Experts Split On Precedent In Uruguay’s ISDS Victory Over Philip Morris

from Inside US Trade

Related: Public Health Takes a Hit Even as Uruguay Prevails in Infamous Philip Morris Investor-State Attack

Philip Morris’ challenge of a number of Uruguayan tobacco control measures was brought to an end on July 8 after arbitrators sided with the South American country in a split decision, but experts are divided on what the outcome means for future challenges of anti-tobacco laws and regulations under investor-state dispute settlement provisions.

ISDS experts disagreed over two issues, the first being whether Philip Morris’ unsuccessful challenge in Uruguay will lead that and other multinational tobacco companies to be wary of bringing future ISDS cases against public health measures. Second, those experts differed on whether the outcome of the Uruguay dispute is precedent-setting in favor of anti-smoking public health measures and against tobacco companies seeking to challenge them.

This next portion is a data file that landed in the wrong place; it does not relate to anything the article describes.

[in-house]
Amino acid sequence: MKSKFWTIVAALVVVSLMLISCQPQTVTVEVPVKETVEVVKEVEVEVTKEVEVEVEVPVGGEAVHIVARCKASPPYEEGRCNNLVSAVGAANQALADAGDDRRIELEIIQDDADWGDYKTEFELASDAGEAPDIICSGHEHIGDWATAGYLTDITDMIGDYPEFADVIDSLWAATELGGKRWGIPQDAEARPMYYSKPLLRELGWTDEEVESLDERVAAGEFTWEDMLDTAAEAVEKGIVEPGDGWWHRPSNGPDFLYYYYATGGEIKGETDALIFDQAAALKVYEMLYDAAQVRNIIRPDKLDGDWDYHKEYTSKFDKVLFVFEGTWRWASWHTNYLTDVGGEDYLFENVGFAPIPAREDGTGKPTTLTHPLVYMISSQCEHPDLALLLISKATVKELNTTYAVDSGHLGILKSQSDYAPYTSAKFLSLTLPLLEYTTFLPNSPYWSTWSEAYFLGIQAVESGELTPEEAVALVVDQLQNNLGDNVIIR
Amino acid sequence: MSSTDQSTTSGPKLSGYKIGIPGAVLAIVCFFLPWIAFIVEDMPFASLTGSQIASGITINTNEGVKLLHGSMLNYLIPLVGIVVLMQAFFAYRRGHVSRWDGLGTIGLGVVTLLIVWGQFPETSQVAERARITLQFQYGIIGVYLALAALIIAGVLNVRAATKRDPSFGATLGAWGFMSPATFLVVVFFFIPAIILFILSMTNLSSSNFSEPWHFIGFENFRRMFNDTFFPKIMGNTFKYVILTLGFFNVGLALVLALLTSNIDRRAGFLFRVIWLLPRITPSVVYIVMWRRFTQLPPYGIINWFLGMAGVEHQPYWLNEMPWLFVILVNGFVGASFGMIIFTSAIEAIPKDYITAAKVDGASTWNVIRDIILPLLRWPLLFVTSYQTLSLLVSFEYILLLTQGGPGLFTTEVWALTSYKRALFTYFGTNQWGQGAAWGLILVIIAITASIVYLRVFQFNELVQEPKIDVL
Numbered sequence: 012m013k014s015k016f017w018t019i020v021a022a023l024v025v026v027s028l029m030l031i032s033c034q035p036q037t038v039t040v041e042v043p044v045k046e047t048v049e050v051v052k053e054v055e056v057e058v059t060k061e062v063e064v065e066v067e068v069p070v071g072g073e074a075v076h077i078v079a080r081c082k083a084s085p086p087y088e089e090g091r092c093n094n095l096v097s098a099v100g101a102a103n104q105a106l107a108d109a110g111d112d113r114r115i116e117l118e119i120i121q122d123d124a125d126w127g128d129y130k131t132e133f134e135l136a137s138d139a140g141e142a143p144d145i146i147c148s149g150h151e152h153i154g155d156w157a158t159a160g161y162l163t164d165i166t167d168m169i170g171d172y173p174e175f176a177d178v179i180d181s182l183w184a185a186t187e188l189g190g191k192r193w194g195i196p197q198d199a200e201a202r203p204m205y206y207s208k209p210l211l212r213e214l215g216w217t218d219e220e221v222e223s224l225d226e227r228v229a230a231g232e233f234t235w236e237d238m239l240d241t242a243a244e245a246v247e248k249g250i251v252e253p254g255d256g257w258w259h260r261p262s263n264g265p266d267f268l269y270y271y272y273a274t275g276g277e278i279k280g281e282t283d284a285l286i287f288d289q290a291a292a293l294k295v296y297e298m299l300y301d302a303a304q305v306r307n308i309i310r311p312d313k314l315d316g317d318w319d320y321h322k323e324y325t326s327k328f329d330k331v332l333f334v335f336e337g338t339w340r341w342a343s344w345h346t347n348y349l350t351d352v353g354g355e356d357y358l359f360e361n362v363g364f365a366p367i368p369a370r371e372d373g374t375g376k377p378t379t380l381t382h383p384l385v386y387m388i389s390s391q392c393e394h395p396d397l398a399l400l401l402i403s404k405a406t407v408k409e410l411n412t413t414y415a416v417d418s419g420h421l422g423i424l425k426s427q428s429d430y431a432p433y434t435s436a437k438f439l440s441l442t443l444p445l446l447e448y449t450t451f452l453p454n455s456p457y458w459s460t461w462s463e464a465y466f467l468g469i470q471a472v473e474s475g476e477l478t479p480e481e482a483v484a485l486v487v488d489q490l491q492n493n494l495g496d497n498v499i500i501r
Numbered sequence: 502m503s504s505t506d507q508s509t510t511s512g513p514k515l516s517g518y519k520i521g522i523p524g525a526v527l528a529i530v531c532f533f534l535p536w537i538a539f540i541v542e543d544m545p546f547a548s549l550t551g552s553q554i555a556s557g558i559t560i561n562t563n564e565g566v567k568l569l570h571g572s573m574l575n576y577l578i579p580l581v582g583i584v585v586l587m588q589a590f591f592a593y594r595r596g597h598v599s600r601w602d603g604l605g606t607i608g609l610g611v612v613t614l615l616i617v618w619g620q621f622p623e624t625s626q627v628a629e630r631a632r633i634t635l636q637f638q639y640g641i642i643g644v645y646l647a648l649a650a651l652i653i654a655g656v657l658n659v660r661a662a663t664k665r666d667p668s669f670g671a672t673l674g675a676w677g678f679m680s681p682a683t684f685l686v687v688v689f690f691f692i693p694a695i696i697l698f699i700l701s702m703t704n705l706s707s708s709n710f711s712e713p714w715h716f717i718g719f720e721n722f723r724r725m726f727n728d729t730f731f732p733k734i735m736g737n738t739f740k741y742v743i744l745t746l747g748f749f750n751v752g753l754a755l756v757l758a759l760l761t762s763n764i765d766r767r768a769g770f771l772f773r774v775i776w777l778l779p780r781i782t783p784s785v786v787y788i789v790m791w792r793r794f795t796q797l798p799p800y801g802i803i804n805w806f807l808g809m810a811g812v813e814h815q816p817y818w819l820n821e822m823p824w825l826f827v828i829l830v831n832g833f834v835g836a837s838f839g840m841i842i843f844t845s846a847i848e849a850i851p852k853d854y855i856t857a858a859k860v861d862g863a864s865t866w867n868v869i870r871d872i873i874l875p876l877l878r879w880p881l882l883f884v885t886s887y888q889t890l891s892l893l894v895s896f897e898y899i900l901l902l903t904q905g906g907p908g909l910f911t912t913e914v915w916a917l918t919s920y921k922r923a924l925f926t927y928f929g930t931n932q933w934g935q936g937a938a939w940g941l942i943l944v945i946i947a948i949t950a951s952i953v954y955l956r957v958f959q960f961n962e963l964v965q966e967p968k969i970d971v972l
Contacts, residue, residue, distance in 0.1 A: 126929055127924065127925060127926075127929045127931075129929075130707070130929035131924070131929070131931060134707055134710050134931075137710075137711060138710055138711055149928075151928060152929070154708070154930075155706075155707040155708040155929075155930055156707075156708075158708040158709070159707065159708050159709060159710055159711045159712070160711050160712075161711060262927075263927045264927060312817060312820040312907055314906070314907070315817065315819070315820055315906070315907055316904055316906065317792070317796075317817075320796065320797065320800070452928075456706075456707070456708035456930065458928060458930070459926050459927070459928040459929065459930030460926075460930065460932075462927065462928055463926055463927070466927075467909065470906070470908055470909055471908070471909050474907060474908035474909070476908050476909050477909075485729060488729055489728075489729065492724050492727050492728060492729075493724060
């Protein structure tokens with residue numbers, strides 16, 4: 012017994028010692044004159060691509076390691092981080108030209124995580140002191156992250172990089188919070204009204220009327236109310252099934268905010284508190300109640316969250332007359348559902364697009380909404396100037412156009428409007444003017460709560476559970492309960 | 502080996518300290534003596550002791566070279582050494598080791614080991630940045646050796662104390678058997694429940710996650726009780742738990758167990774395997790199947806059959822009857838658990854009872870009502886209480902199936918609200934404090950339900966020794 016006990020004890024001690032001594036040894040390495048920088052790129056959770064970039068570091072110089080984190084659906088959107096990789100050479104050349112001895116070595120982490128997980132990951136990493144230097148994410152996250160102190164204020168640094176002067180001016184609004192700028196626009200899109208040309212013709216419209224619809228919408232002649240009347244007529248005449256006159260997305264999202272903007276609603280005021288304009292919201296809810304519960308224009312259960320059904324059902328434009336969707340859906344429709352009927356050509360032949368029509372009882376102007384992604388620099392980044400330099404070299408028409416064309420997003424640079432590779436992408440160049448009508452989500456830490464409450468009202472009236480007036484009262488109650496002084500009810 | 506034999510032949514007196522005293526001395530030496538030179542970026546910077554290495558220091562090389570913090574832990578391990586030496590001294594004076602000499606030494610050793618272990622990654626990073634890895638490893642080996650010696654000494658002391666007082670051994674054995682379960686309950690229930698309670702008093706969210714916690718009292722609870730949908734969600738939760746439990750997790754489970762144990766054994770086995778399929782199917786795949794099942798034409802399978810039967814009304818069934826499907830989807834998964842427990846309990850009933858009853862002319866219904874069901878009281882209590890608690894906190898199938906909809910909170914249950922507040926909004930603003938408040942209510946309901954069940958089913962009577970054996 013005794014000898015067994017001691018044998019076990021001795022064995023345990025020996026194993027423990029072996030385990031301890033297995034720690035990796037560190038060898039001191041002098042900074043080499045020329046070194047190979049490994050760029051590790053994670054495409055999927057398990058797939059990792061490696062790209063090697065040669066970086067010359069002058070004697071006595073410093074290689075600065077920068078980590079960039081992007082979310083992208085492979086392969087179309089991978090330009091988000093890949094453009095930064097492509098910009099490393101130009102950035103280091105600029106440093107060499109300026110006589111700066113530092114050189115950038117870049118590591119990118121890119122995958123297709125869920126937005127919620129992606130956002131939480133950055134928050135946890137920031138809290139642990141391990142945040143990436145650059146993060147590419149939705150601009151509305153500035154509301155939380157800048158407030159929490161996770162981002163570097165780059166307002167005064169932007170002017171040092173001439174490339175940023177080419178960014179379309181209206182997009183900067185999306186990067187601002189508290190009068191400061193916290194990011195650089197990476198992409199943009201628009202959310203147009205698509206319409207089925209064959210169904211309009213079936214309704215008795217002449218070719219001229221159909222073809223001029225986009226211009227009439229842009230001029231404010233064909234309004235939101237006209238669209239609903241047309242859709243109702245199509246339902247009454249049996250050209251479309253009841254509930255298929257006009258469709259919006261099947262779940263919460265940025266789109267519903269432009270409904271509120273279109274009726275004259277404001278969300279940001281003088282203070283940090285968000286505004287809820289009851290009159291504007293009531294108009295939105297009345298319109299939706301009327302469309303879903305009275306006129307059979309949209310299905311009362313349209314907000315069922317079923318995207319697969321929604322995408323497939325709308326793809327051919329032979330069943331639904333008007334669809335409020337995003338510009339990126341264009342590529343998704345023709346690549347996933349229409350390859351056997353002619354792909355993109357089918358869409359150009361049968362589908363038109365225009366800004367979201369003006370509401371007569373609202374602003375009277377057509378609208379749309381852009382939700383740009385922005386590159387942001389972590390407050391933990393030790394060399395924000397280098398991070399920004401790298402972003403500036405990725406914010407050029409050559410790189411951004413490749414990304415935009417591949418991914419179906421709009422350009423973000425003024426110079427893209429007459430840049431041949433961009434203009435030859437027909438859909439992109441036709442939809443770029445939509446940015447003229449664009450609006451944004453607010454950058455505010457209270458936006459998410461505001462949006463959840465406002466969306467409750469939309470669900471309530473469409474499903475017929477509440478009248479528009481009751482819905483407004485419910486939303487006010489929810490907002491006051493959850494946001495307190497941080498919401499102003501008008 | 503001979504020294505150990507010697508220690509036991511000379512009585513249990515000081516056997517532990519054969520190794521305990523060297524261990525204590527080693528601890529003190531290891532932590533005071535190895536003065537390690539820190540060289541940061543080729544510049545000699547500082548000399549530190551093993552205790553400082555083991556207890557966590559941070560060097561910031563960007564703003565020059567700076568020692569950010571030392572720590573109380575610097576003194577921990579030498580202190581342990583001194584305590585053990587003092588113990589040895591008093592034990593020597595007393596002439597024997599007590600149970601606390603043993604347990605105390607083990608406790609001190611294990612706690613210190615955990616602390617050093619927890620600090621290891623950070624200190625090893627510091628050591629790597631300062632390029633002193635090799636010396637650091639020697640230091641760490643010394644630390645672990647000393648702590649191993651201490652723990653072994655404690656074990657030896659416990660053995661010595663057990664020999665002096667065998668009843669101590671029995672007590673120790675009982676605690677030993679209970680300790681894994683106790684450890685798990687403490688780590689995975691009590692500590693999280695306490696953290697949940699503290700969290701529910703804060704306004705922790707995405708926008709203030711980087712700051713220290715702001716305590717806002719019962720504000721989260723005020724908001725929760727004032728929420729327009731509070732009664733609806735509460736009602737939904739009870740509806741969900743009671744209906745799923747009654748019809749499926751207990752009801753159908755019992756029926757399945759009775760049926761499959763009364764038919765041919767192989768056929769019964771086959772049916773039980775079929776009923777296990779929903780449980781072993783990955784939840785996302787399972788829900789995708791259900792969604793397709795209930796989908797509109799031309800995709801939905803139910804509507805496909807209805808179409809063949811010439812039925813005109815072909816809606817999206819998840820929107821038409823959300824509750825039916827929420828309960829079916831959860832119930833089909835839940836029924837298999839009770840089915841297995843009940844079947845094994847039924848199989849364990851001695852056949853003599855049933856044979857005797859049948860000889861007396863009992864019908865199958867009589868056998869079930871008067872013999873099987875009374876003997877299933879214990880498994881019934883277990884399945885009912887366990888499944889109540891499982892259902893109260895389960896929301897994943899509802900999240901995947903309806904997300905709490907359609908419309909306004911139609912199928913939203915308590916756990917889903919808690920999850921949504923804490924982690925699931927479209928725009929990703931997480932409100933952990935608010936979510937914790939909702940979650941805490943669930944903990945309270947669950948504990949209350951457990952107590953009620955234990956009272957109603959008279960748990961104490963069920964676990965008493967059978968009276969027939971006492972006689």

Central to the belief that tobacco companies will not be deterred from bringing cases against public health measures is the fact that the process of a dispute itself incurs a potentially overwhelming financial cost on countries seeking to limit domestic tobacco demand, regardless of which party is successful in the litigation, some experts contend. The threat of that cost alone may be enough to cause governments to hesitate when considering tobacco control measures, creating a “chilling effect” on anti-smoking regulations.